|Apr/May 1999 Poetry|
Twenty-two strangers in a metal box,
hurtling through darkness. Sometimes more,
after a Sox game, whenever the microchip men
are gathering at the Hynes; sometimes less,
on the last train of the day, the echoes of screeching brakes,
lights flashing on and off without pattern, scaring
the old hobos, who think they're having a seizure.
This is the Red Line, from up Alewife way,
with suburban teens in caked-on makeup
and three-inch soles, all the way down
to Mattapan—you have to take a special connection—
with dark-skinned youths wearing winter hats
in July and stomping around in unlaced army boots.
In between is the city's exotic exhale; Harvard Square,
funk wafting from the new arrivals, with drawn faces
and unwashed hair. Kendall, the home of the great technologists,
where pencil-protectors are always making
a come-back, and half the riders hail from Beijing
or Nagasaki. Then there's the Park Street everyman, bustling
off to the hair appointment or power lunch, the courtroom
or the barroom, eager to escape the hub of the underground
in the city which proclaims itself
The Hub of the Universe.
Inside the 6:53, foreheads begin to melt—
the AC is broken again, and the MBTA makes
no promises. By August things will be running smoothly,
heat pulsing from hidden vents. When the salt
isn't stinging, the urban still-life comes into focus:
sharp primaries, eyes looking out at the false night
whipping by. No one wants to see you.
The Armani cheese have misplaced their
cab fare, this is their once-a-year on spare change—
they avoid inhaling too deeply; a woman sprouts
plastic bags from every pocket, sometimes full
of sticky cans, sometimes pitifully deflated. The tourist,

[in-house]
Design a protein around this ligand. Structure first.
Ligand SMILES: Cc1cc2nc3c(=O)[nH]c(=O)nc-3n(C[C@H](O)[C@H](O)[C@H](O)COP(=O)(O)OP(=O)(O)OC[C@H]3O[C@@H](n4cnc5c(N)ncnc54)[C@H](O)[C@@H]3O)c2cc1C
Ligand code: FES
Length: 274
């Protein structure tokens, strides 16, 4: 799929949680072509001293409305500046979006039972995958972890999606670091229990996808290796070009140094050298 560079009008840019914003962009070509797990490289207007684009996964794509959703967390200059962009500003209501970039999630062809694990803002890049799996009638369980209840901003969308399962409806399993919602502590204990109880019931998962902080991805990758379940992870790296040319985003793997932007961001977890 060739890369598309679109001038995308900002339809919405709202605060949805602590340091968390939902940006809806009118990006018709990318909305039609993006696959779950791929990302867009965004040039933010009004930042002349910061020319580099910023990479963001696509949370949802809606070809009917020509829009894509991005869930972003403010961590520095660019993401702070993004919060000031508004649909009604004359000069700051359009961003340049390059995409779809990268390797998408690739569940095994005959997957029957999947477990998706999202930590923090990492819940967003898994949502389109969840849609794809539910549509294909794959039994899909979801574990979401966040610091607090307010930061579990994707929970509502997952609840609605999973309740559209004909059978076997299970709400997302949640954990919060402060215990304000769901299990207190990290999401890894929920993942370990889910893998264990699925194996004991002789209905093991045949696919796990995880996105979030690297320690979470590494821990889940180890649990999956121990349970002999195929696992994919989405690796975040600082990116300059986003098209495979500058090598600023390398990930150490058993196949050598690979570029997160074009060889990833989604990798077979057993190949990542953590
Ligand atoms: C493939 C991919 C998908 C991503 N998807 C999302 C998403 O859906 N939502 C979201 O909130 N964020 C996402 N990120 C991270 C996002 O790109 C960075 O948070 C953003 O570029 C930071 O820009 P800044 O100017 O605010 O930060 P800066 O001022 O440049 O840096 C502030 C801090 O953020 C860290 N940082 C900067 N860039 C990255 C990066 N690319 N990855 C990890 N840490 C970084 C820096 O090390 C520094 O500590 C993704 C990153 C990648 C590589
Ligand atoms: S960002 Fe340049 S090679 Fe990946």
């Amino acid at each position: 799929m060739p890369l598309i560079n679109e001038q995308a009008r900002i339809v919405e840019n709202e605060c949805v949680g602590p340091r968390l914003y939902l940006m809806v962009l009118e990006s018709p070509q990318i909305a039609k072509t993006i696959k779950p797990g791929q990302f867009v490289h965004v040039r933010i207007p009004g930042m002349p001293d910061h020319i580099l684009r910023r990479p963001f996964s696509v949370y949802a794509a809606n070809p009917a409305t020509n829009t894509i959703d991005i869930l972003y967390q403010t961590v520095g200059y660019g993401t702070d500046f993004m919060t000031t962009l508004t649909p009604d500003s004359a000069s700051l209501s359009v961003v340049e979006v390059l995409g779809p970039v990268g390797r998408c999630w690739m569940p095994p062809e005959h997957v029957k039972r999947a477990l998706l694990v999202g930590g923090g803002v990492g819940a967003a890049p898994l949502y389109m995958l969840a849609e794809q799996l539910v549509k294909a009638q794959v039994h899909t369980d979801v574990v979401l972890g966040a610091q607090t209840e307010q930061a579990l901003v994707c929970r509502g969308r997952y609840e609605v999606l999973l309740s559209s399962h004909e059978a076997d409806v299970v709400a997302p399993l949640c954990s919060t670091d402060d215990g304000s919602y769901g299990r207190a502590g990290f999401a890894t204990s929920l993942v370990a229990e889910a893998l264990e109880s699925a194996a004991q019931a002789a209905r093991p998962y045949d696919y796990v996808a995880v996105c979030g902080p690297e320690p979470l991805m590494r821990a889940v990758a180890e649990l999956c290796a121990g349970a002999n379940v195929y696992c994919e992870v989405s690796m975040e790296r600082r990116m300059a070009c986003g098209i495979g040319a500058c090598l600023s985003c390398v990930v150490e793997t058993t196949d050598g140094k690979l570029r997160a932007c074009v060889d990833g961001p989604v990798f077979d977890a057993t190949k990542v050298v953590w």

slicked-back hair and American Tourister tag
a red-and-blue beacon, intently reads an airport novel
on his way to anywhere else. He isn't sure
what to make of it all, he'll take a cab in the future.
Some freckle-monster reads the advertisements, asking mom
to explain ESL or mouthing the words "Living Fit
and Loving It!-Save 50% now!" in wide-eyed wonder.
Then the conductor is there, laughably, drawling
into a waxy ear, spitting up phlegm and directing passengers
to "Please Take Your Belongings" and "Have a Nice Day." In D.C.
this is an automated voice; in Boston you actually hear
how little he cares.
These icicle forms, dripping in heat and hardly
twitching, will soon be in motion, excusing themselves
as they brush past another frozen face, stepping over
an umbrella dropped by a senior citizen. For now
they are placed, not willful, seated on black vinyl
patched with duct tape. Someone will be Hispanic,
Spanish-only, trying to find another face
in the silence, never seeing the sign at the end of the train
which begins "En El Caso de Una Emergencia…";
when the train begins to lurch his stomach will plummet
along with the rest, thinking that this is it, this was the wrong train,
the one that ends in a heap of serrated metal on some corner
of this Atlantis complex. Someone will speak
to no one in particular, someone will be courting tinnitus
beneath blaring headphones. There will be irony, paradox,
and hyperbole, swept beneath the whirl of lights
outside the window, as people watch one another
through reflections; on the red line, someone is always eating
a sandwich, and someone's stomach is always snarling.